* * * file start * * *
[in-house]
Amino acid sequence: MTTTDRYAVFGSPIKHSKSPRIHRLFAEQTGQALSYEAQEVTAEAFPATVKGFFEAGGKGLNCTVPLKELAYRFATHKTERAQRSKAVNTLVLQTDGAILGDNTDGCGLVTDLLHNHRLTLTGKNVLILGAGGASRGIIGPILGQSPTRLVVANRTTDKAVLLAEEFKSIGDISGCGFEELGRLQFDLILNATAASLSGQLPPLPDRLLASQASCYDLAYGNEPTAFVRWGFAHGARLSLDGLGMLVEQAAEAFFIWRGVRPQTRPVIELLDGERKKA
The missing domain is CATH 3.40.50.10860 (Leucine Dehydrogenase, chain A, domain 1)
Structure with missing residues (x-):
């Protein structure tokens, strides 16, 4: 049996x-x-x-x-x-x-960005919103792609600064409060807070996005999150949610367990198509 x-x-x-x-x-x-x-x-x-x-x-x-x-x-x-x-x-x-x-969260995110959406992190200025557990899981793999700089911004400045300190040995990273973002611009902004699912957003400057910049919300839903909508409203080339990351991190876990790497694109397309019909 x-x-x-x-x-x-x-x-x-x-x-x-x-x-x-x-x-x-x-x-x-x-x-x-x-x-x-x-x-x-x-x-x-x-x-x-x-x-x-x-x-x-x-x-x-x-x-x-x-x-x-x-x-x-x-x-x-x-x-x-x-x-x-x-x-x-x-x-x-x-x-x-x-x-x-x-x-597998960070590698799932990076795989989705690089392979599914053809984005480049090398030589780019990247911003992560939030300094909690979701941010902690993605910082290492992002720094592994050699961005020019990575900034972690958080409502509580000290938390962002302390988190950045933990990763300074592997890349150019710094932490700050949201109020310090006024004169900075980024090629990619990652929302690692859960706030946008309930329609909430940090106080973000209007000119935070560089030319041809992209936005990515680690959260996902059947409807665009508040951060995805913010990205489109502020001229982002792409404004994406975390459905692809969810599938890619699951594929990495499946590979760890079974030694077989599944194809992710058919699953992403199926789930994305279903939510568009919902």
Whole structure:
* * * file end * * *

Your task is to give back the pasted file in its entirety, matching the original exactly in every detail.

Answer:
[in-house]
Amino acid sequence: MTTTDRYAVFGSPIKHSKSPRIHRLFAEQTGQALSYEAQEVTAEAFPATVKGFFEAGGKGLNCTVPLKELAYRFATHKTERAQRSKAVNTLVLQTDGAILGDNTDGCGLVTDLLHNHRLTLTGKNVLILGAGGASRGIIGPILGQSPTRLVVANRTTDKAVLLAEEFKSIGDISGCGFEELGRLQFDLILNATAASLSGQLPPLPDRLLASQASCYDLAYGNEPTAFVRWGFAHGARLSLDGLGMLVEQAAEAFFIWRGVRPQTRPVIELLDGERKKA
The missing domain is CATH 3.40.50.10860 (Leucine Dehydrogenase, chain A, domain 1)
Structure with missing residues (x-):
């Protein structure tokens, strides 16, 4: 049996x-x-x-x-x-x-960005919103792609600064409060807070996005999150949610367990198509 x-x-x-x-x-x-x-x-x-x-x-x-x-x-x-x-x-x-x-969260995110959406992190200025557990899981793999700089911004400045300190040995990273973002611009902004699912957003400057910049919300839903909508409203080339990351991190876990790497694109397309019909 x-x-x-x-x-x-x-x-x-x-x-x-x-x-x-x-x-x-x-x-x-x-x-x-x-x-x-x-x-x-x-x-x-x-x-x-x-x-x-x-x-x-x-x-x-x-x-x-x-x-x-x-x-x-x-x-x-x-x-x-x-x-x-x-x-x-x-x-x-x-x-x-x-x-x-x-x-597998960070590698799932990076795989989705690089392979599914053809984005480049090398030589780019990247911003992560939030300094909690979701941010902690993605910082290492992002720094592994050699961005020019990575900034972690958080409502509580000290938390962002302390988190950045933990990763300074592997890349150019710094932490700050949201109020310090006024004169900075980024090629990619990652929302690692859960706030946008309930329609909430940090106080973000209007000119935070560089030319041809992209936005990515680690959260996902059947409807665009508040951060995805913010990205489109502020001229982002792409404004994406975390459905692809969810599938890619699951594929990495499946590979760890079974030694077989599944194809992710058919699953992403199926789930994305279903939510568009919902």
Whole structure: